This must be something new...

No civilian security at Ft. Sill back in 86-87.
No civilian security at Ft. Lewis back in 87-89.
No civilian security at Ft. Campbell back in 90-93.

Jim Watson
June 29, 2010, 04:09 PM
On visits there for engineering projects, I saw Edgewood Arsenal go from MPs at the gate and on patrol, to an MP at the gate and contractors on patrol, to an open gate with contractors on patrol. Contractors wore faded blue coveralls, drove lime green vans, and carried revolvers and M16s (or ARs). This progression through the mid to late 1980s.

A co-worker had been a Navy SP and carried an old M&P to start with and a Ruger Service Six when they came in.

June 29, 2010, 04:11 PM
The Navy was using DOD Rentacops as early as the late 60's. They quit using Marines on Naval installations except for formal occasions and on gates regularly transited by Flag Officers.
I've wondered many times if the reason to take the Marines off Navy gates was because the Marines started loosing embassy gates at the Dep't of State, and the Navy didn't want to loose any gates.

Ron James
June 29, 2010, 04:37 PM
In the 1980's army pilots and certain personnel were issued both the S&W and Rugers as standard sidearms. The number of both were about 50-50 and there was no preference shown for one over the other. My side arm as a First Sergeant was a Ruger. which, if the balloon ever did go up, I would throw away and grab the first loose rifle I could find. BTW the Air Force is now useing Contract police now, on , I believe all installations.

June 29, 2010, 06:35 PM
I'm in and out of Malmstrom AFB in Great Falls Montana several times a month and all security and gates is handled by the 341st Missile Security Forces Group made up of several squadrons of regular Air Force personnel.

June 30, 2010, 09:42 AM
I was a Military Police Platoon Leader in the early 80s (3d Armored Division).

Male MPs were issued 1911A1s and female MPs got S&W or Ruger .38s. The S&Ws (like our 1911A1s) were pretty old and beat up. The Rugers were definitely newer.

The 38s were carried in a black leather, flap holster, with "US" stamped on the flap.

Endeavor to Persevere


June 30, 2010, 11:25 AM
I've wondered many times if the reason to take the Marines off Navy gates was because the Marines started loosing embassy gates at the Dep't of State, and the Navy didn't want to loose any gates.
The Marine Corps has been stretched quite thin covering hot spots around the world, so gate keeping duty on naval bases was eliminated. The thinking was rent-a-cops or DOD police were just as capable at checking the ID of drunken sailors as Marines were.

BTW: back in the day, some NIS (before the current NCIS moniker) agents carried stainless steel Speed Six revolvers.

June 30, 2010, 12:53 PM
I've tracked down one of the lanyard equipped service sixes in .38 Special that appears to have been part of a purchase order that was canceled. What I've never seen is an actual US military issue Six. Did they simply destroy these rather than surplus them out?

June 30, 2010, 01:35 PM
I've seen some of the "US" marked Speed Six (Ruger GS32N) revolvers up for sale on auction sites and and various boards. So there are some out there:

June 30, 2010, 01:44 PM
Thanks! I'm hoping to get a collection of anachronistic military firearms going, from these last revolvers to the last issued bolt action service rifles.

July 1, 2010, 01:39 AM
In the '82-'84 time frame, 6th Air Cav helicopter pilots at Ft. Hood were issued S&W and Ruger 4" .38 Spl revolvers. Carried them in black leather shoulder holsters. Don't remember the lanyard ring, though there might of been one.

August 30, 2011, 08:29 PM
I personally carried a .38 from '82 to '92. I had a Colt in one unit, a S&W in another and a Ruger in the third. The Ruger was the best of the three, she even had a name and I wish I could have kept her when the unit drew down. In '92 we were issued Berettas.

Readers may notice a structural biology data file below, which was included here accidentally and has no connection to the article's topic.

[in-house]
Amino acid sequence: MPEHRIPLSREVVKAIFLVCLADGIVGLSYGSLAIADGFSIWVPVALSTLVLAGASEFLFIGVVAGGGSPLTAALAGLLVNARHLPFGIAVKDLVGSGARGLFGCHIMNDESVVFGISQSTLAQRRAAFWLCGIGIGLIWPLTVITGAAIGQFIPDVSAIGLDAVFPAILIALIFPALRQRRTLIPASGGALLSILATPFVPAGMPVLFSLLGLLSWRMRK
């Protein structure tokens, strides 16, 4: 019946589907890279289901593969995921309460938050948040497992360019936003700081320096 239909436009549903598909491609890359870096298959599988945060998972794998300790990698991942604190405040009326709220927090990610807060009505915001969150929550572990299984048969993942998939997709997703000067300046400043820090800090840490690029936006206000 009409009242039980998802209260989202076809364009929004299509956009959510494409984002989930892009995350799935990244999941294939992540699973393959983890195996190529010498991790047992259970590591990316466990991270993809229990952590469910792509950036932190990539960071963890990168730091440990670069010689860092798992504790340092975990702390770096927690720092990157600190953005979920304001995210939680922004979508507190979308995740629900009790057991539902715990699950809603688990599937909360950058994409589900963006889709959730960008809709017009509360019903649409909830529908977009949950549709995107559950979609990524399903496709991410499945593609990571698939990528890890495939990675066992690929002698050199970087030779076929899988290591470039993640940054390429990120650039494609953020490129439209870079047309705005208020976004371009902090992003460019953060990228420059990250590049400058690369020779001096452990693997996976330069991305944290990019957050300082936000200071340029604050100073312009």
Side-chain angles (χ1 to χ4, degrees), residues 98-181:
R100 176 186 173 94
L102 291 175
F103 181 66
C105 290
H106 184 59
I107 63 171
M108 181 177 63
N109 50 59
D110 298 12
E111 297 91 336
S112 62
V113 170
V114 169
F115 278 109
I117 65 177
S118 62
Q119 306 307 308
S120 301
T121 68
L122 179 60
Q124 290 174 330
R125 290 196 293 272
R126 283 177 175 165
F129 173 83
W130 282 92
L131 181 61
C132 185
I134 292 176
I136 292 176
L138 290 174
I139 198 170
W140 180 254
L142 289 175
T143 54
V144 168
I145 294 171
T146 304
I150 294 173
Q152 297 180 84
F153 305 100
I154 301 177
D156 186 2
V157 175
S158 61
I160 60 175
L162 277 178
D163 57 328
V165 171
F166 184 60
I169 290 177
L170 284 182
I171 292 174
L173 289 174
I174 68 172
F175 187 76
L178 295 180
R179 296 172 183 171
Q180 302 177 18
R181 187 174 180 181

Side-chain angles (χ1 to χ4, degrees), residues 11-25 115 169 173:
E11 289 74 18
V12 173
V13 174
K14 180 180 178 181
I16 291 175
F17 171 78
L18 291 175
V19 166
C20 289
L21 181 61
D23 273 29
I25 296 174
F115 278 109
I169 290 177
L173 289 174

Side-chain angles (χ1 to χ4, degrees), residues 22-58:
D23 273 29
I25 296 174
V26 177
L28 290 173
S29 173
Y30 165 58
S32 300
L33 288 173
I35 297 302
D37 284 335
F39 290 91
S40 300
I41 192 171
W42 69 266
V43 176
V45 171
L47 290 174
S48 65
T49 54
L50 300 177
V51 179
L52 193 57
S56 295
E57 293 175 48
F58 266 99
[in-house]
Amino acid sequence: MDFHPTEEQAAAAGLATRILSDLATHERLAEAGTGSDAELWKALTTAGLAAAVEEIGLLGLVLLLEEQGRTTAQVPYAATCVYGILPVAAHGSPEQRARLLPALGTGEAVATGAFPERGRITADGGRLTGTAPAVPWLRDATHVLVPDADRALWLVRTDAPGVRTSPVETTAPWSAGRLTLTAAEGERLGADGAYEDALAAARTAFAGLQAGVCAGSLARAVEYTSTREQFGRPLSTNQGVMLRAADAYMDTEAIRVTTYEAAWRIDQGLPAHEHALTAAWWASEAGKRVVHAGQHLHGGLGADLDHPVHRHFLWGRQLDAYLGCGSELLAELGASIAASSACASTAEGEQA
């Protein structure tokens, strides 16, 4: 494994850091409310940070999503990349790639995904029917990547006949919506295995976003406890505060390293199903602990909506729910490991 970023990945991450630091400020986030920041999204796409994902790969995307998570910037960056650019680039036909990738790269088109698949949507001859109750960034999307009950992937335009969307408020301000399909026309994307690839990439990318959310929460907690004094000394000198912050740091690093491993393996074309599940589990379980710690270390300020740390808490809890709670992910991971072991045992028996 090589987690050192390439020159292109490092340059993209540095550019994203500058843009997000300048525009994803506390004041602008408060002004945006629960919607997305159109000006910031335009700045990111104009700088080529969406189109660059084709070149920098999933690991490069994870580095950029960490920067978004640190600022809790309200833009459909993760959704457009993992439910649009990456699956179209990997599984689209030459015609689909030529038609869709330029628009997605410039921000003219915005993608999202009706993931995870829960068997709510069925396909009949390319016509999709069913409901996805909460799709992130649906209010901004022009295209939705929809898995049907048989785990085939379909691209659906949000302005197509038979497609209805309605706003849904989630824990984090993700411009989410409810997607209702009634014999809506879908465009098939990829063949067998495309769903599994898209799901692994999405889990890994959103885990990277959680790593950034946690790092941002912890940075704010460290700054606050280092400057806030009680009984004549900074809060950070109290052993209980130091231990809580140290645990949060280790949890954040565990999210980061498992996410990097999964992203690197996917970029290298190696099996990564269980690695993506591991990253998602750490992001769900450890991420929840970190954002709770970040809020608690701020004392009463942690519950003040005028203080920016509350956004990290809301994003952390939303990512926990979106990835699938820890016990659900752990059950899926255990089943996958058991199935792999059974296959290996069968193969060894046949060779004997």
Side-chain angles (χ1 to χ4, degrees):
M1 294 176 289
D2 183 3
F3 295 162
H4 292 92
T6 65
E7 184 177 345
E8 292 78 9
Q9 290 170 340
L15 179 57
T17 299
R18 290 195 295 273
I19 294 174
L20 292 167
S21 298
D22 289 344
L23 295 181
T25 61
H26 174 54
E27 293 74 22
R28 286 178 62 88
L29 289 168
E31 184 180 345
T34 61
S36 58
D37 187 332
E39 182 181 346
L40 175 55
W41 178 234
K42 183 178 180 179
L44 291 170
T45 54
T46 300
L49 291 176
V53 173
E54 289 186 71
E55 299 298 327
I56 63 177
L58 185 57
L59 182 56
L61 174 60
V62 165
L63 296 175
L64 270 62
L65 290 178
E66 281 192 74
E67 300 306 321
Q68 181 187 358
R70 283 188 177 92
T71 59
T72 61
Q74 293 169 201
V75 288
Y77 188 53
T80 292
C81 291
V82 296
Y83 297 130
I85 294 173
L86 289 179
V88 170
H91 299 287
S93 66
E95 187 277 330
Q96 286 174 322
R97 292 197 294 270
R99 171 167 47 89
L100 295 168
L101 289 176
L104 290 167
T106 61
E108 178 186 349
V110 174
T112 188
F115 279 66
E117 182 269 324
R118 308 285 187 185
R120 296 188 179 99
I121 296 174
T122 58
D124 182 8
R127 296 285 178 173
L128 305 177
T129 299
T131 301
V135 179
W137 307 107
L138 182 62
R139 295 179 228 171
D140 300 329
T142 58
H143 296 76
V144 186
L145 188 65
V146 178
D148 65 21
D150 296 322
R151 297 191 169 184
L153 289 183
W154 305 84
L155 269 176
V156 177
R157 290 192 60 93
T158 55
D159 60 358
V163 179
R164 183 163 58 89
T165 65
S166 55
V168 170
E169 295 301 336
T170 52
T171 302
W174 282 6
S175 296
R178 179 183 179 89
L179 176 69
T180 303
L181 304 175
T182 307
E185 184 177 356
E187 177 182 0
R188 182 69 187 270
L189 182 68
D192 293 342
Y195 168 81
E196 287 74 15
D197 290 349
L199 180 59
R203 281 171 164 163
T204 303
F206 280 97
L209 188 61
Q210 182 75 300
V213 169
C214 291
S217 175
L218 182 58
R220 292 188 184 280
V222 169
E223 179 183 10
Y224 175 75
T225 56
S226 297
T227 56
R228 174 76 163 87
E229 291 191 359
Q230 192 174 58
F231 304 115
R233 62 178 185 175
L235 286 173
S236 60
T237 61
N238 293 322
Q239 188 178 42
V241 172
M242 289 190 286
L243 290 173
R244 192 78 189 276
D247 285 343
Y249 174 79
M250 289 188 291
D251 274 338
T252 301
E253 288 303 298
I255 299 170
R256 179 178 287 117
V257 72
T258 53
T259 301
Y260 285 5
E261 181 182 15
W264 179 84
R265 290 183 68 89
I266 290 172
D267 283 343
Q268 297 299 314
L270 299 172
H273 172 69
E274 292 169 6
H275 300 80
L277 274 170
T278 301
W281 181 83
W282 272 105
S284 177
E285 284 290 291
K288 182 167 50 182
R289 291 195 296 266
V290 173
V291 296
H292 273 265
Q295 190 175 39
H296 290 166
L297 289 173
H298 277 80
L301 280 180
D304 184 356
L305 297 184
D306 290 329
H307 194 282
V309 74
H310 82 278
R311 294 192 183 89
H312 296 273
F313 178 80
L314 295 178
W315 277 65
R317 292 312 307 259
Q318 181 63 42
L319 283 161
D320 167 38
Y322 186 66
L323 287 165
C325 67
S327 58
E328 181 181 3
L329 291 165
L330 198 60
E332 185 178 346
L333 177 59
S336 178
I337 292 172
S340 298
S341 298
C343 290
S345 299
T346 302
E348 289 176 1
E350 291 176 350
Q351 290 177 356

August 31, 2011, 09:05 AM
We also had them in the Navy in the 80's. Nice guns. They were 38's.

August 31, 2011, 10:23 AM
In reserve field exercises at Fort Hunter Ligget in 1981 I was supposed to be issued a 2" .38 as I was plain clothes counter intel. However there were no 2" .38s around and I had to wear OD to please the S2 officers so I was sent down to the Scout Company who road motorcycles and carried 4" Ruger .38s for a weapon. They gave me an old clapped out S&W Victory refurb at their arms room that none of the troopers wanted, and an equally clapped out black shoulder holster which I shined up. No I never shot that .38 nor was I issued ammo, but I wore it mucking around S2 for couple weeks.

Old Fuff
August 31, 2011, 11:25 AM
During the 1980's, and perhaps earlier, the military services bought .38 revolvers from both Smith & Wesson and Ruger on a low-bidder contract basis. Because the 1911A1 .45 pistol was still the standard sidearm until replaced by the Beretta M9, the revolvers were classified as "substitute standard." That said, they were still purchased on government contracts and marked as U.S. Government property. If you consider the World War Two era S&W Victory model (when marked as U.S. Govt. Property) to be a military weapon - as most do - then the revolvers under discussion are too.

The practice of arming gate guards with .38 revolvers is nothing recent within the military services. In 1941 the Navy ordered 3000 Smith & Wesson M&P .38 Special revolvers with 4" barrels, blued finish and lanyard rings. They were marked on the backstrap: U.S.N.C.P.C. (U.S. Navy Civilian Police Corps). Later these became the pattern on which the Victory Model was based.

As a side note: The government/Ruger relationship did not always go smoothly. Bill Ruger and I once had a conversation concerning a request form one of the arsenals to widen the ball on the cylinder latch to reduce rotational "wiggle." Bill strongly objected, and opined that it was clear that the engineers at the arsenal obviously had no knowledge of how revolvers worked, but simply wanted to do something to make it look like they were somehow useful. On this point we agreed.

Because of orders issued by President Lydon Johnson, which are still in force, military small arms that are classified as unserviceable must be destroyed rather then sold as surplus. After the Beretta M9 became common issue, all of the .38 revolvers were declared to be unserviceable, regardless of condition - and with few exceptions were melted or cut up. :cuss: :banghead: